The likely reaction

The Ministry of the Interior has advised that results will be announced by midday on Saturday June 19, less than 12 hours after the polls close. The reaction will depend on the results themselves, but there are likely to be large street protests in response.

A landslide Raisi victory or unexpected high turnout figures will no doubt result in questions of legitimacy. This could prompt similar demonstrations to those experienced in 2009, when mass protests demanded a rerun of the poll that reelected Ahmadinejad. But more likely is that the results will act as a catalyst to reignite broader anti-government protests.

Demonstrations against the regime, in response to the handling of the economy, increases in fuel price, government repression and the shooting down of a Ukrainian airline, started in 2017 and gathered pace into 2020. The result was extreme government crackdowns with at least 143 protesters killed and thousands injured or detained.

More protests will mean more of the same, with further destabilisation and tougher government intervention fuelling the cycle of dissatisfaction. The question will be which side will have to capitulate: the protesters or the regime, and to what extent international actors will become involved in any growing crisis.

Long-term impact

Iran’s supreme leader, Ali Khamenei, is 82 years old. There have been increased reports of ill health, prompting increasing speculation over his successor. The supreme leader has ultimate authority in Iran, the most powerful Shia country in the world, so Khamenei’s successor will have a significant impact on Iran, the Middle East region and further abroad.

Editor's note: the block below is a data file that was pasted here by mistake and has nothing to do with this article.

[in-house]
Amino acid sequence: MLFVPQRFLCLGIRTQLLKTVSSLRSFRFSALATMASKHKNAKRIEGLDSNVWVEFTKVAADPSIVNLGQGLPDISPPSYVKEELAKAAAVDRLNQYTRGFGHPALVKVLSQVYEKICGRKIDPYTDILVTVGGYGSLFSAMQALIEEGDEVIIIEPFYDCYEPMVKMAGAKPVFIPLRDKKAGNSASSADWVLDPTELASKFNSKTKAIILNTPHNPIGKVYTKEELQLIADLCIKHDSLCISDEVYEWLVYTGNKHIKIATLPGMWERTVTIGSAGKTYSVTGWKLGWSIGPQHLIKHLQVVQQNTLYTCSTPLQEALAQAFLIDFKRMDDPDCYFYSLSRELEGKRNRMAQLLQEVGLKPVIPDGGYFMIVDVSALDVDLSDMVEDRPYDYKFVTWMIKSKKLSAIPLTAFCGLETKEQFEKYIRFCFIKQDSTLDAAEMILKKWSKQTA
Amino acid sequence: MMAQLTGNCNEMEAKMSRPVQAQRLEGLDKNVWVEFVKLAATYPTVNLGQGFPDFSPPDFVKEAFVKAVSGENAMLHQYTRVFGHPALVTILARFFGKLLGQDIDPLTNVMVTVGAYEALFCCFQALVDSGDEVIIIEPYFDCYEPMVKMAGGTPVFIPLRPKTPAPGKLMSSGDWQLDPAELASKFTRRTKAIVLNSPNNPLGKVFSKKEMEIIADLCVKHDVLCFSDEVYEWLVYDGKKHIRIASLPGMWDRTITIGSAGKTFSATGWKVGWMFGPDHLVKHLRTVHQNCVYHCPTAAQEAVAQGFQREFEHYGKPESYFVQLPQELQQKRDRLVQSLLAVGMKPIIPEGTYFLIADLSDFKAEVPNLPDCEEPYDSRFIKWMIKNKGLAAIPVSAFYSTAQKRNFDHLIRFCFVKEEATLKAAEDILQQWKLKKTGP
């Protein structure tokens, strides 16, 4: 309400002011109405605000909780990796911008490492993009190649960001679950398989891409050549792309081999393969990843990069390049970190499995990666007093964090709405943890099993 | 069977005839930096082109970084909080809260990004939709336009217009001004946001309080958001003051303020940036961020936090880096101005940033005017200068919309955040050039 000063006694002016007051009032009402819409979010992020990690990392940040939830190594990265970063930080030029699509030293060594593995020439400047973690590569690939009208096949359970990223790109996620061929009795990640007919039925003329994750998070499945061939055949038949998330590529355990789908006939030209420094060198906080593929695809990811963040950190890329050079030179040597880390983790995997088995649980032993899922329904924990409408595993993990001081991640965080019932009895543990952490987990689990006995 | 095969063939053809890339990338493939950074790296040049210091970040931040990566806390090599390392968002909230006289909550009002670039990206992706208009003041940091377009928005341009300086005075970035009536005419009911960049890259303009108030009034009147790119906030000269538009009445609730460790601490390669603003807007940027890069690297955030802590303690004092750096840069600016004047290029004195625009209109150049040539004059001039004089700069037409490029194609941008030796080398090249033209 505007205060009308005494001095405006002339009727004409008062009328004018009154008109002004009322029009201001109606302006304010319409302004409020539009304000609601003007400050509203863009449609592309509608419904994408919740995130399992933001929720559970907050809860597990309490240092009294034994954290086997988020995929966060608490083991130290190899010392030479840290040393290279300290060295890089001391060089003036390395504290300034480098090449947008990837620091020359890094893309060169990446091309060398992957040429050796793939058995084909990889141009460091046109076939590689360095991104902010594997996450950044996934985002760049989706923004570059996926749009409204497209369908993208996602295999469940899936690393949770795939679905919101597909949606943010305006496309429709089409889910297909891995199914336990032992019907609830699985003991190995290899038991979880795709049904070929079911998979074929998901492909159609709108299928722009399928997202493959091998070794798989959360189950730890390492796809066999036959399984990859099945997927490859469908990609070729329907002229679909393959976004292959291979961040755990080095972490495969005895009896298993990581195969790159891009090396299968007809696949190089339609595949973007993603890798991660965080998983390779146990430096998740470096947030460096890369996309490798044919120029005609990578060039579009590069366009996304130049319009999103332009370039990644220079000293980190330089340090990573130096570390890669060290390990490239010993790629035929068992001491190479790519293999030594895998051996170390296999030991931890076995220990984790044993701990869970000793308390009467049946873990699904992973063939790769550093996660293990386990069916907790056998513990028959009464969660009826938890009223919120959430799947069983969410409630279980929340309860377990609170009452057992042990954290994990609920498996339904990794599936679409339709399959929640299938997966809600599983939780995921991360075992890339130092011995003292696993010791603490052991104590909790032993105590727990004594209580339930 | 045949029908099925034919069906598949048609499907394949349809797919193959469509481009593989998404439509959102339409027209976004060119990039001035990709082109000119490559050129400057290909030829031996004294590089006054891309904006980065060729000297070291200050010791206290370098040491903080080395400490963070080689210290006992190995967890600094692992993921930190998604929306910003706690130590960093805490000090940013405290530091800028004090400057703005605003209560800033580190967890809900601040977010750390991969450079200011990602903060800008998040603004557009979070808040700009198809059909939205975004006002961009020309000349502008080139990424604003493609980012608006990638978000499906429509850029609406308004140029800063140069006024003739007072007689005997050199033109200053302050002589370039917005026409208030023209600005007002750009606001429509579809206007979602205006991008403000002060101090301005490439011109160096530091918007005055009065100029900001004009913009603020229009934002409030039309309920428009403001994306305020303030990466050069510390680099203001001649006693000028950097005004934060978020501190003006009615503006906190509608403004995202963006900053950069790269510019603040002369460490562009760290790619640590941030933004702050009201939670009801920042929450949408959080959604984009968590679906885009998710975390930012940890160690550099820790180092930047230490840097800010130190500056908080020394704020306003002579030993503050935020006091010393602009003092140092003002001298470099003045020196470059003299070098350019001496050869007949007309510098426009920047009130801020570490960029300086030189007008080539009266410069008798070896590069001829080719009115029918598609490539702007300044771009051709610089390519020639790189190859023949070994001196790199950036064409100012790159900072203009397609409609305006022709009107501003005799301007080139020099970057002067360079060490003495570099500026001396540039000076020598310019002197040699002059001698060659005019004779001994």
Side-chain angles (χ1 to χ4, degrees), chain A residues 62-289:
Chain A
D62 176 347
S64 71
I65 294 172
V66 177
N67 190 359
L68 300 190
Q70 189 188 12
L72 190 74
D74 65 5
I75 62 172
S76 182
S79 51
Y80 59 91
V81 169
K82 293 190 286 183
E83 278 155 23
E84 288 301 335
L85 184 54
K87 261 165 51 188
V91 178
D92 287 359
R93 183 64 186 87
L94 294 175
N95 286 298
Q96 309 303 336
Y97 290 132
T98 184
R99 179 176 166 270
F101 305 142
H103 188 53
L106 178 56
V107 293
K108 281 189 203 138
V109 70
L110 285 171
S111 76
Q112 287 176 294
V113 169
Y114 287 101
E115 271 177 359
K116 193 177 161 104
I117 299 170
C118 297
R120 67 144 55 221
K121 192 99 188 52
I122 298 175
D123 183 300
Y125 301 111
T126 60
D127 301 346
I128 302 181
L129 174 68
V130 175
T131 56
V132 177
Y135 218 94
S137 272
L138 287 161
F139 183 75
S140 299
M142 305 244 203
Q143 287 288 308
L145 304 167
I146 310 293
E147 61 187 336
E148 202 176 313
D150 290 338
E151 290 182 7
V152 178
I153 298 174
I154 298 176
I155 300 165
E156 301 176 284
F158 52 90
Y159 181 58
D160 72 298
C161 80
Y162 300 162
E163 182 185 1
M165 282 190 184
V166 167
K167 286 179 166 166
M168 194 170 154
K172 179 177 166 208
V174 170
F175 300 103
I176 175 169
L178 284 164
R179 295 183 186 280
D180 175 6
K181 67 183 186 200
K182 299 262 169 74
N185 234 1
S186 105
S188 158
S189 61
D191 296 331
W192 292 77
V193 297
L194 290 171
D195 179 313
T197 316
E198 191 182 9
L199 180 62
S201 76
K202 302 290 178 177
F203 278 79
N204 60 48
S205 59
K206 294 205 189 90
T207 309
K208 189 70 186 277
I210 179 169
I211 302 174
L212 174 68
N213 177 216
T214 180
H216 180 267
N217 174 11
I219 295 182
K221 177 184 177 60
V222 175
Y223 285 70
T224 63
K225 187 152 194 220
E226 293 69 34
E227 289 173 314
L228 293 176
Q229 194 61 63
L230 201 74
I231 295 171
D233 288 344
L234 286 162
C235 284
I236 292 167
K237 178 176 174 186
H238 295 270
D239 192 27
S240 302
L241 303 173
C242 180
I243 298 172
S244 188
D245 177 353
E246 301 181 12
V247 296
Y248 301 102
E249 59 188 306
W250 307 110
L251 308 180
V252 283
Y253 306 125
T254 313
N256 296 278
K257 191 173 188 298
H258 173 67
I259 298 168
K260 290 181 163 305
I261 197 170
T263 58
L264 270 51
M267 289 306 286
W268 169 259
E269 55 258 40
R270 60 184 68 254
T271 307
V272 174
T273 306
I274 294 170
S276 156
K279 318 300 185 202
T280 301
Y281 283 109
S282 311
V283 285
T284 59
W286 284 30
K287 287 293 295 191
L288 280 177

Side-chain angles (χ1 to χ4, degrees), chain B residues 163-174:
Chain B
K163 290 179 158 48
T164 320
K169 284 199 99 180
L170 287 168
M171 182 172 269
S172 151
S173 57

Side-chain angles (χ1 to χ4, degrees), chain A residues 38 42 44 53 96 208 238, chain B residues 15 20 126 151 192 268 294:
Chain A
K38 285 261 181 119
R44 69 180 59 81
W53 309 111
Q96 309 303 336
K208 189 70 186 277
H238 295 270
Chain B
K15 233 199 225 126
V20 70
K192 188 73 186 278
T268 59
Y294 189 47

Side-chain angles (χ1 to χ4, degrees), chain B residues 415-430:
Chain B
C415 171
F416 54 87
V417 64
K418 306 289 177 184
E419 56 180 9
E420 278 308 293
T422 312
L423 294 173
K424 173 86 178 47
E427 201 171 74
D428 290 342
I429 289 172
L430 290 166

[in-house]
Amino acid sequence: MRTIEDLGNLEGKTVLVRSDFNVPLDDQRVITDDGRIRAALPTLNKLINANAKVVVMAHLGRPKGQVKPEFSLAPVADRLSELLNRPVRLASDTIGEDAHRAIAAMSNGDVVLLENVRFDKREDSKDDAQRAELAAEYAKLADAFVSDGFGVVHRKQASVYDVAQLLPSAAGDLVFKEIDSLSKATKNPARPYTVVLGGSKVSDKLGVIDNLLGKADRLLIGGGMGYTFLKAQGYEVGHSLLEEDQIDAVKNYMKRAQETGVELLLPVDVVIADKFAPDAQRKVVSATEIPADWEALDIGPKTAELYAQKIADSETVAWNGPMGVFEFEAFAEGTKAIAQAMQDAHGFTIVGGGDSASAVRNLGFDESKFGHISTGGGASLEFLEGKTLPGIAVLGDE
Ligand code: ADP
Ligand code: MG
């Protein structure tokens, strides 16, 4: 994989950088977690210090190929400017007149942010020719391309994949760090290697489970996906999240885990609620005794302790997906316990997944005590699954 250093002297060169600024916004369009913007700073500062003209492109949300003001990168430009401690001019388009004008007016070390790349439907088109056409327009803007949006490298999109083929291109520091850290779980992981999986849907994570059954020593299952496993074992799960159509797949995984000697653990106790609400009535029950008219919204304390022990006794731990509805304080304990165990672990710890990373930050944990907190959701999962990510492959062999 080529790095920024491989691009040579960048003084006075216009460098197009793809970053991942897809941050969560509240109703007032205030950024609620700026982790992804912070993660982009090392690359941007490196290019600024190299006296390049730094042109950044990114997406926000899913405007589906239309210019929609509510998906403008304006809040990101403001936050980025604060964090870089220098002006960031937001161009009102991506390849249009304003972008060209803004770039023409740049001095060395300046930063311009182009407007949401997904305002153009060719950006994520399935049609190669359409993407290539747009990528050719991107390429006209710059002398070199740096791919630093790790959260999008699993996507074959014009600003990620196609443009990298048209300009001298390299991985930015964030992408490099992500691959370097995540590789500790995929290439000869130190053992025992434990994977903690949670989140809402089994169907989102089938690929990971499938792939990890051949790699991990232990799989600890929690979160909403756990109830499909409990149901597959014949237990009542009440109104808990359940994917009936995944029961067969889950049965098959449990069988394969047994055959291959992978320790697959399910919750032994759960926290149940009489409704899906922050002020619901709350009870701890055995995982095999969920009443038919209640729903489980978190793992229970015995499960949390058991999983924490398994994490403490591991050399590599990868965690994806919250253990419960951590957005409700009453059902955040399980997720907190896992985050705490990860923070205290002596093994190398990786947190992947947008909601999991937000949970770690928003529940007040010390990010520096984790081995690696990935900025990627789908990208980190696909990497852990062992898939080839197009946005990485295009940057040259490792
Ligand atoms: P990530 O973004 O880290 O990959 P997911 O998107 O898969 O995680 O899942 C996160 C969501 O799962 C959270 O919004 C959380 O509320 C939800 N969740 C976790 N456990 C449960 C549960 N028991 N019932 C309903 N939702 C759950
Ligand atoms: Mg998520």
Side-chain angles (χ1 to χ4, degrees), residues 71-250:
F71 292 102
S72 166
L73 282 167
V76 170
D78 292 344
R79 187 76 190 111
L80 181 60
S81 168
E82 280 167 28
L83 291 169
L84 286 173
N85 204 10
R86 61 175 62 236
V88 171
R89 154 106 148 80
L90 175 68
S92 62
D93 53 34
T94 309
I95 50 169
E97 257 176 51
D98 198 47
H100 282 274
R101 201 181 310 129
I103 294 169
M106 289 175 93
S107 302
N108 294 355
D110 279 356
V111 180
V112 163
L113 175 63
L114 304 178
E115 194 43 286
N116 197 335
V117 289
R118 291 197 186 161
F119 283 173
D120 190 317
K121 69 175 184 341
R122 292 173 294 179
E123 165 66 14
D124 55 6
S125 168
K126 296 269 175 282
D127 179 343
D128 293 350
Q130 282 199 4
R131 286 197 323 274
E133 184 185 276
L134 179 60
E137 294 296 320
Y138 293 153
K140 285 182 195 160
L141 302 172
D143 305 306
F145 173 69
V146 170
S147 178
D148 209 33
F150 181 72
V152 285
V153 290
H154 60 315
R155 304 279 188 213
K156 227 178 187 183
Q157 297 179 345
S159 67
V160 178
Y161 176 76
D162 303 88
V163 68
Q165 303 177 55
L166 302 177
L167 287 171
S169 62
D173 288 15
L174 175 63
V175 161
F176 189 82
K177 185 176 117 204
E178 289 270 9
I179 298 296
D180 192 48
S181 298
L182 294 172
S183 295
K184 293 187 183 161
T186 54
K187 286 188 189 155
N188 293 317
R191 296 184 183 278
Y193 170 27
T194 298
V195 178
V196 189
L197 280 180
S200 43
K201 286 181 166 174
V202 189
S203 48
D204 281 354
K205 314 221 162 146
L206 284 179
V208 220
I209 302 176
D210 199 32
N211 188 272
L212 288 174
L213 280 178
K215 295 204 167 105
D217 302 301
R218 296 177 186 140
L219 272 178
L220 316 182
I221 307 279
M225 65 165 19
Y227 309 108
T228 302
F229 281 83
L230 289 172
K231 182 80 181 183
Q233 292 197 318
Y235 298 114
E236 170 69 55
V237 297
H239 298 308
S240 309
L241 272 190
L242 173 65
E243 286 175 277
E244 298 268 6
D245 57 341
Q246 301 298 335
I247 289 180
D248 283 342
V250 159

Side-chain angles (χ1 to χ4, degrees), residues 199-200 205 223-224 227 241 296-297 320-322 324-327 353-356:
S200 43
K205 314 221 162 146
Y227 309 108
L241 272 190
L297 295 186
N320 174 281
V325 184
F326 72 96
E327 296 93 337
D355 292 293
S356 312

Iran's supreme leader Ayatollah Ali Khamenei sitting to deliver a live TV speech in Tehran, Iran, June 2021
Ill health: Iran’s supreme leader Ayatollah Ali Khamenei. EPA-EFE/Leader office handout

In recent years speculation has centred on two candidates: Khamenei’s son Mojtaba Khamenei and Ebrahim Raisi. There have even been accusations that the manipulation of candidates has been designed by Mojtaba Khamenei specifically to promote Raisi only to have him discredited in the upcoming election.

A loss or low turnout could damage Raisi’s reputation and ultimately his long-term ambition to become supreme leader, paving the way for a hereditary handover.

This is not beyond the realm of possibility. Mojtaba Khamenei manages his father’s office and with members of the Guardian Council selected by the supreme leader he is likely to have considerable influence within the committee.

Furthermore, even if turnout and support for Raisi does end up being higher than anticipated, the presidency represents a risky path to succession. He will have to deliver if he wants to remain in the running for the ultimate position of power. Rouhani was previously considered a contender for the supreme leadership, but his failure to deliver reform has lost public support for this position.